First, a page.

Visitors to Versailles 1682–1789, a popular exhibit originally opened at the Château de Versailles in France, will move to The Metropolitan Museum of Art, Fifth Avenue in New York and will be on display from April 16–July 29, 2018.
This exhibit is a significant compilation of what visitors and travelers to Versailles would have seen and experienced during this crucial time in French history as well as daily life at Versailles. The exhibition is the first on this subject and will turn the spotlight on these visitors through more than 300 works from the late 17th century to the French Revolution. With portraits and sculptures, Court attire, travel guides, tapestries, Sevres and Meissen porcelain, display weapons and snuffboxes, the exhibition will reveal what visitors discovered upon arriving at Versailles, the sort of welcome awaiting them, what they saw and their impressions, the gifts or memories they left with.
A Shift in Focus To Refined Manners
It had been at the beginning of the seventeenth century when the French court first shifted its focus from an ideal based on chivalry to one based on refined manners, guided by King Louis XIV, the Sun King, at the height of his power and glory.
A Place of Vast Wealth and Ideals
In 1682, the Chateaux at Versailles was just over a century old, and under the reign of Louis XIV, it became a palace of vast wealth, and ideas also. Versailles was becoming a truly international setting, not only drawing visitors from Europe and America, but also dignitaries from Thailand, India, and Tunisia. Their official receptions at Versailles and gift exchanges with the king were among the attractions widely recorded in tourists’ diaries and court gazettes.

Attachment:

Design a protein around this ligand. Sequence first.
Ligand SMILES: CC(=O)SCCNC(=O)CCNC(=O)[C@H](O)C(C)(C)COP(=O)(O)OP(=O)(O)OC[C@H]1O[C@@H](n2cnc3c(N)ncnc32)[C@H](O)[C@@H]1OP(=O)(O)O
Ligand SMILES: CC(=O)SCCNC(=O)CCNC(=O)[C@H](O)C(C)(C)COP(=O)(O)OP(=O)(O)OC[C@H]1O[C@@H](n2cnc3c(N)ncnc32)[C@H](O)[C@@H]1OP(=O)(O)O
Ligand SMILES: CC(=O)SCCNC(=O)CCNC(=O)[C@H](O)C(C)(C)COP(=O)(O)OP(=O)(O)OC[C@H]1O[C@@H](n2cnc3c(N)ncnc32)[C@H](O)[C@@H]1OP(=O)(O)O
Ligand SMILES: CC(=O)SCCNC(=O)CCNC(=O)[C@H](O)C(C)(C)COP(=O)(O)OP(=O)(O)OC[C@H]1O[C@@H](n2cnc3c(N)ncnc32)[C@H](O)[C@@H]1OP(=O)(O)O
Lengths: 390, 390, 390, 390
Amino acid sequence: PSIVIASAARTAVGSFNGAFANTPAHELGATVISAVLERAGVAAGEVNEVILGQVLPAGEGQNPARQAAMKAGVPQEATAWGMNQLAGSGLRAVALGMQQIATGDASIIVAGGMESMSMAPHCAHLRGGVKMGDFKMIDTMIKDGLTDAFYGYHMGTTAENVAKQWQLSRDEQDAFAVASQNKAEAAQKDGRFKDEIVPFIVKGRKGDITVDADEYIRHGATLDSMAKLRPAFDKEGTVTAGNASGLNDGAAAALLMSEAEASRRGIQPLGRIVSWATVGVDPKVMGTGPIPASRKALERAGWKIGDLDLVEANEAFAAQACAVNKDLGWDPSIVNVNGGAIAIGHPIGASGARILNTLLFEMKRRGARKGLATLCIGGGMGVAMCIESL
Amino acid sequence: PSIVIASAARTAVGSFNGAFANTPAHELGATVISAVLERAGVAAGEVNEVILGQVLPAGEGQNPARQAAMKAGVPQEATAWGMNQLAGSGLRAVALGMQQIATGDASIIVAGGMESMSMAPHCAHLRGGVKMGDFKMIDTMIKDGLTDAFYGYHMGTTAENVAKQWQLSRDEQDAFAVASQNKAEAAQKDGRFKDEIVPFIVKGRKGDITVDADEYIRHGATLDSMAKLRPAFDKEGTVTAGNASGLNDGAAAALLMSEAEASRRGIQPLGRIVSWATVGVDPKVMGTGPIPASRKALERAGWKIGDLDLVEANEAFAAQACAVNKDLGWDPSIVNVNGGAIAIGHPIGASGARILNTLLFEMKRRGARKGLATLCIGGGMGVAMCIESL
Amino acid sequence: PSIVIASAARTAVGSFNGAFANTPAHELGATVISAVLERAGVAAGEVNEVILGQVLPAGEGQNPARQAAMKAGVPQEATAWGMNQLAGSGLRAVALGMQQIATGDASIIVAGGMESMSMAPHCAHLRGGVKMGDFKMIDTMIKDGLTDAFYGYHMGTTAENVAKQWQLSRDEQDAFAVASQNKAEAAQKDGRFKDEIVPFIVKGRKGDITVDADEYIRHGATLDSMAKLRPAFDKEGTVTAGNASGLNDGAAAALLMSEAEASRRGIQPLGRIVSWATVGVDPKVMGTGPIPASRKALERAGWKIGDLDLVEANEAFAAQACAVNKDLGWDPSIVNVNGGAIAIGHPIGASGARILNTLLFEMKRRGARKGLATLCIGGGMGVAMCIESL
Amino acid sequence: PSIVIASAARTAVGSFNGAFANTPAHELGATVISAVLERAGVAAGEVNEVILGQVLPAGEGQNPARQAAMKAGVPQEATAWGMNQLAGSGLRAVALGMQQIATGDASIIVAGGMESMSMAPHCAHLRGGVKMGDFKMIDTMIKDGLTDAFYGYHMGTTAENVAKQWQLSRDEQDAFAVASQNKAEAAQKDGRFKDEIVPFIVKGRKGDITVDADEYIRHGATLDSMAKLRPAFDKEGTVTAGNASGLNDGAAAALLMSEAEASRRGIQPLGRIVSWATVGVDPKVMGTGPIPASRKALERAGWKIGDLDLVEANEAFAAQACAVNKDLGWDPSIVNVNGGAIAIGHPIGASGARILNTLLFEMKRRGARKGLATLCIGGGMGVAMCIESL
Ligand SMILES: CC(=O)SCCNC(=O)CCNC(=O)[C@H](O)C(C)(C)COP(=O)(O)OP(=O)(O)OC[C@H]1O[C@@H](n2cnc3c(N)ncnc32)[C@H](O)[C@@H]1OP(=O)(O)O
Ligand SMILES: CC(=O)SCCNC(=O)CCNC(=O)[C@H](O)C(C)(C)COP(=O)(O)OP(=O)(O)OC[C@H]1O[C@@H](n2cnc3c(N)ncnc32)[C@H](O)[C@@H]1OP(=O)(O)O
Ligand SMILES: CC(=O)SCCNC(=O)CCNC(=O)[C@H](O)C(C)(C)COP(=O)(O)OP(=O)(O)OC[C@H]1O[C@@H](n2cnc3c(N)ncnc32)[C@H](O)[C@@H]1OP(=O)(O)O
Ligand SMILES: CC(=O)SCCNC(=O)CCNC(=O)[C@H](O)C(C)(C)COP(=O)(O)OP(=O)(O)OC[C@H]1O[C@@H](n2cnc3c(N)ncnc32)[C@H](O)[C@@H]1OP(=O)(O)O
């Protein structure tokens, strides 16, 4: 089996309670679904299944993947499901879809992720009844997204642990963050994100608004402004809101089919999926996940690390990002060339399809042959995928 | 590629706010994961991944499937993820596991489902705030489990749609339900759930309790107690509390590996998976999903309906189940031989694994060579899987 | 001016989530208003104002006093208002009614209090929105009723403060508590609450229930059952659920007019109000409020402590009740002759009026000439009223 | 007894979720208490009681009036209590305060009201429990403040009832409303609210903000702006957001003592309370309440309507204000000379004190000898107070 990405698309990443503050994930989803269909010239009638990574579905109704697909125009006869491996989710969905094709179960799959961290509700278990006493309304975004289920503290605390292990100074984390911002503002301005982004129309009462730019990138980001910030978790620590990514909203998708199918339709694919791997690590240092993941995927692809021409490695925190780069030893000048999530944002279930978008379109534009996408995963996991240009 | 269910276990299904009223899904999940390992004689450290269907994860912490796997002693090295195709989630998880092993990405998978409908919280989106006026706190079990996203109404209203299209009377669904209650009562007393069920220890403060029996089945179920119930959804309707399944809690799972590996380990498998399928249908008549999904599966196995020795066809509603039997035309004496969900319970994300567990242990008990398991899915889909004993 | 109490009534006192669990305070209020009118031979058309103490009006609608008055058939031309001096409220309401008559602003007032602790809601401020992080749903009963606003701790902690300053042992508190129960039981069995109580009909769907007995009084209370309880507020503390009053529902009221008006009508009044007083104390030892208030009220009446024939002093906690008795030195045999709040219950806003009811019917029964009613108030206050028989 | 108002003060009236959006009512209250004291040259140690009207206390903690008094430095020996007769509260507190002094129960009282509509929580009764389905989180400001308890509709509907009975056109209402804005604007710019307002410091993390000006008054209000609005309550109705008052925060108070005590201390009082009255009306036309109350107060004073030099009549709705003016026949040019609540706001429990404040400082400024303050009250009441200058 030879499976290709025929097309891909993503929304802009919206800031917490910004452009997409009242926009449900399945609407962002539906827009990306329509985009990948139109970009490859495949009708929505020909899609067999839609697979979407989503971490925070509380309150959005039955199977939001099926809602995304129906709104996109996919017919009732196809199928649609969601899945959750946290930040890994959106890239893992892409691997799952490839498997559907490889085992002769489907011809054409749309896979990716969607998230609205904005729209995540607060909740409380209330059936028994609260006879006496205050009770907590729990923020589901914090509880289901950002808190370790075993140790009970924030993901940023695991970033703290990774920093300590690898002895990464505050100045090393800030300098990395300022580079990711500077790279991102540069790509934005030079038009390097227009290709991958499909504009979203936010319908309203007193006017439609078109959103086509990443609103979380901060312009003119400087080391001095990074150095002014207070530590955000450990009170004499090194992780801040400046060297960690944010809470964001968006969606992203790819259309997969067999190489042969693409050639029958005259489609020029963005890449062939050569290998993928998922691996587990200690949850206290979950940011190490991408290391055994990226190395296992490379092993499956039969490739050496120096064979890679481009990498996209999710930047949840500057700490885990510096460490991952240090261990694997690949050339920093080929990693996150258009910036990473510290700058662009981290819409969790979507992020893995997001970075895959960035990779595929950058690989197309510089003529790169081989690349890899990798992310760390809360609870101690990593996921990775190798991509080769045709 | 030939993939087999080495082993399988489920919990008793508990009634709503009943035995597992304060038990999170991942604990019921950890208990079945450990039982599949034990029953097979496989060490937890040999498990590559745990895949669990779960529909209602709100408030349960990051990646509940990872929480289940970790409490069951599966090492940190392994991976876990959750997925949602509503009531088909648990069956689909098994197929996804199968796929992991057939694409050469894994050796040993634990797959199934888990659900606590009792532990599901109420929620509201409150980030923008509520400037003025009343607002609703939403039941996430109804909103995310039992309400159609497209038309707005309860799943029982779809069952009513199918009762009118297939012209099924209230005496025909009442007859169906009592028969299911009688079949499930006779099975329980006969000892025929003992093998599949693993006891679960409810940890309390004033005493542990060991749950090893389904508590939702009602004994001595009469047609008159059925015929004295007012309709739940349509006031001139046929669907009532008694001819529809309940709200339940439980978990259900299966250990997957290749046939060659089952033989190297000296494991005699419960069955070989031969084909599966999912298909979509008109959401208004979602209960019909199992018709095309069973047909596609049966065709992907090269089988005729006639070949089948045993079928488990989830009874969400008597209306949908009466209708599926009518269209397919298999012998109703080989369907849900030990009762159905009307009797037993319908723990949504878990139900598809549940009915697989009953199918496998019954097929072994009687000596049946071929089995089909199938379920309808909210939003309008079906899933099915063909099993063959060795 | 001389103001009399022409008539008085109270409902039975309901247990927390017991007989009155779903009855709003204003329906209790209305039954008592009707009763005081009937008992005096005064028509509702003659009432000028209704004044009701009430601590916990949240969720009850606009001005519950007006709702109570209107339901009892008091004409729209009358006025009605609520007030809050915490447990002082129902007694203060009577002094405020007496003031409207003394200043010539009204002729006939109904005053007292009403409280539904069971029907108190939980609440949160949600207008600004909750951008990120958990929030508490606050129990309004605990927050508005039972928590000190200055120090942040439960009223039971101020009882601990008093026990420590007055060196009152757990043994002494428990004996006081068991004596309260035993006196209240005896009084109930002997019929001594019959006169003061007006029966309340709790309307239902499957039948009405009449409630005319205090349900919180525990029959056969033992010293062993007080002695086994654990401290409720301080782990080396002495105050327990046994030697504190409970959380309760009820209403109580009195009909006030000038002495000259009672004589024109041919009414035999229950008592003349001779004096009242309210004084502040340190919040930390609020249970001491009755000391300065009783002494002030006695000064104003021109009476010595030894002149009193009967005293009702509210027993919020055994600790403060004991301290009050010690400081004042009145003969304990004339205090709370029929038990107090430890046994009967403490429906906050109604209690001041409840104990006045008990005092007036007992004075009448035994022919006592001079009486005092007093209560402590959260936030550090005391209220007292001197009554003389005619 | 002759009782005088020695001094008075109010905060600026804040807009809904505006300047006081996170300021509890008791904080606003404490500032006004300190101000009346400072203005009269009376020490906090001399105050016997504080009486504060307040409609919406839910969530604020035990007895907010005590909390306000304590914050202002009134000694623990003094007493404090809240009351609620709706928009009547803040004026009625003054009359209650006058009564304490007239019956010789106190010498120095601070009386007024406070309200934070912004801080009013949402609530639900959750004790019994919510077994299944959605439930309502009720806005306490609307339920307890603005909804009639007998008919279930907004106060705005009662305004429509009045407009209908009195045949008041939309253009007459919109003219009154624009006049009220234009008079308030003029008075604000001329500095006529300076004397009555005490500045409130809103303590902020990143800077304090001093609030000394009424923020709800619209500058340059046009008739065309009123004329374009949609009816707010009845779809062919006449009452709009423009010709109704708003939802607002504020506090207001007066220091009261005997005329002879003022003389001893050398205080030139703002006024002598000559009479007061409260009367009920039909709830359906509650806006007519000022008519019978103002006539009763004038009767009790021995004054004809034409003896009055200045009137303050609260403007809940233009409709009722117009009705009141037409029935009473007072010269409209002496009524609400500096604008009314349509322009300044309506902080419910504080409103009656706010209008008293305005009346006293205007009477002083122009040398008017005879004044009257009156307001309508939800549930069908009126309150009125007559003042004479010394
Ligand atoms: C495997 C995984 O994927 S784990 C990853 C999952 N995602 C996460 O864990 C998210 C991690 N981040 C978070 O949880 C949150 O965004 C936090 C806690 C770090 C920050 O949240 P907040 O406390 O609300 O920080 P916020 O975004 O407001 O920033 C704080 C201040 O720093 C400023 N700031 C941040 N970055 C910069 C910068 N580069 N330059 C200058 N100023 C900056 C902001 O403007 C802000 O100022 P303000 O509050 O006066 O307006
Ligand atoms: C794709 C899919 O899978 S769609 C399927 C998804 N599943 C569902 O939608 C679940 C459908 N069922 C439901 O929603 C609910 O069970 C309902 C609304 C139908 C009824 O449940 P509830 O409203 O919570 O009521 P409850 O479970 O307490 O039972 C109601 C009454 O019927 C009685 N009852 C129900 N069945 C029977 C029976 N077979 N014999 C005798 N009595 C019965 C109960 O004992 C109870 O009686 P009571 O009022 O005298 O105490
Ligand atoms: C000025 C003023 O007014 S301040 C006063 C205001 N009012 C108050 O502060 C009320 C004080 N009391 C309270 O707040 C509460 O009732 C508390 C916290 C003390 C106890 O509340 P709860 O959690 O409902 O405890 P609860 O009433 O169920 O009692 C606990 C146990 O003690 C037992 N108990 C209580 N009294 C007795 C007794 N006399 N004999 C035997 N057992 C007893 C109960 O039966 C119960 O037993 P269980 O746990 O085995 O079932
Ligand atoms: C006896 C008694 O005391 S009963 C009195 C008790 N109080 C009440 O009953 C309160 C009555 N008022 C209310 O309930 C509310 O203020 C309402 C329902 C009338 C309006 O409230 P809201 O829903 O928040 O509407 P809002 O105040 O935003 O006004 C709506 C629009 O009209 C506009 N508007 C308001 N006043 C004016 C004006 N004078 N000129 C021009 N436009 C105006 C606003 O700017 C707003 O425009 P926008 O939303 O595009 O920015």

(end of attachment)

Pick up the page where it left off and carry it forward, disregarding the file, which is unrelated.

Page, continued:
An Exhibition Tracking What Visitors Encountered Visiting from 1682 to 1789
The exhibition tracks those visiting the Chateau at Versailles from 1682, when Louis XIV first moved his court to its environs, up to 1789, when his heirs Louis XV and Louis XVI and their families were all in residence.
Bringing together works from The Met, the Château de Versailles, and others, this exhibition will highlight the experiences of travelers from 1682, when Louis XIV moved his court to Versailles, to 1789, when the royal family was forced to leave the palace and return to Paris.
Through paintings, portraits, furniture, tapestries, carpets, costumes, porcelain, sculpture, arms and armor, and guidebooks, the exhibition will illustrate what visitors encountered at court, what kind of welcomes and access to the palace they received, and, most importantly, what impressions, gifts, and souvenirs they took home with them.
Music To Enhance the Exhibition Atmosphere
A series of informative events and performances include early and contemporary music world premieres, sure to attract the crowds to this outstanding exhibition at The Met. On April 21, the early-music vocal group TENET and the contemporary Metropolis Ensemble will present a program with two world premieres by cellist Timo Andres and musician Caroline Shaw.
Special Menu and Symposium
Master chef and food writer Yotam Ottolenghi will create a Versailles-themed menu of dinner and desserts on June 19 and 20 with the role of Versailles in seventeenth and eighteenth-century Europe discussed in a Sunday at The Met program on April 22, as well as a half-day symposium on April 30.
For more information, visit https://www.metmuseum.org/exhibitions/listings/2018/visitors-to-versailles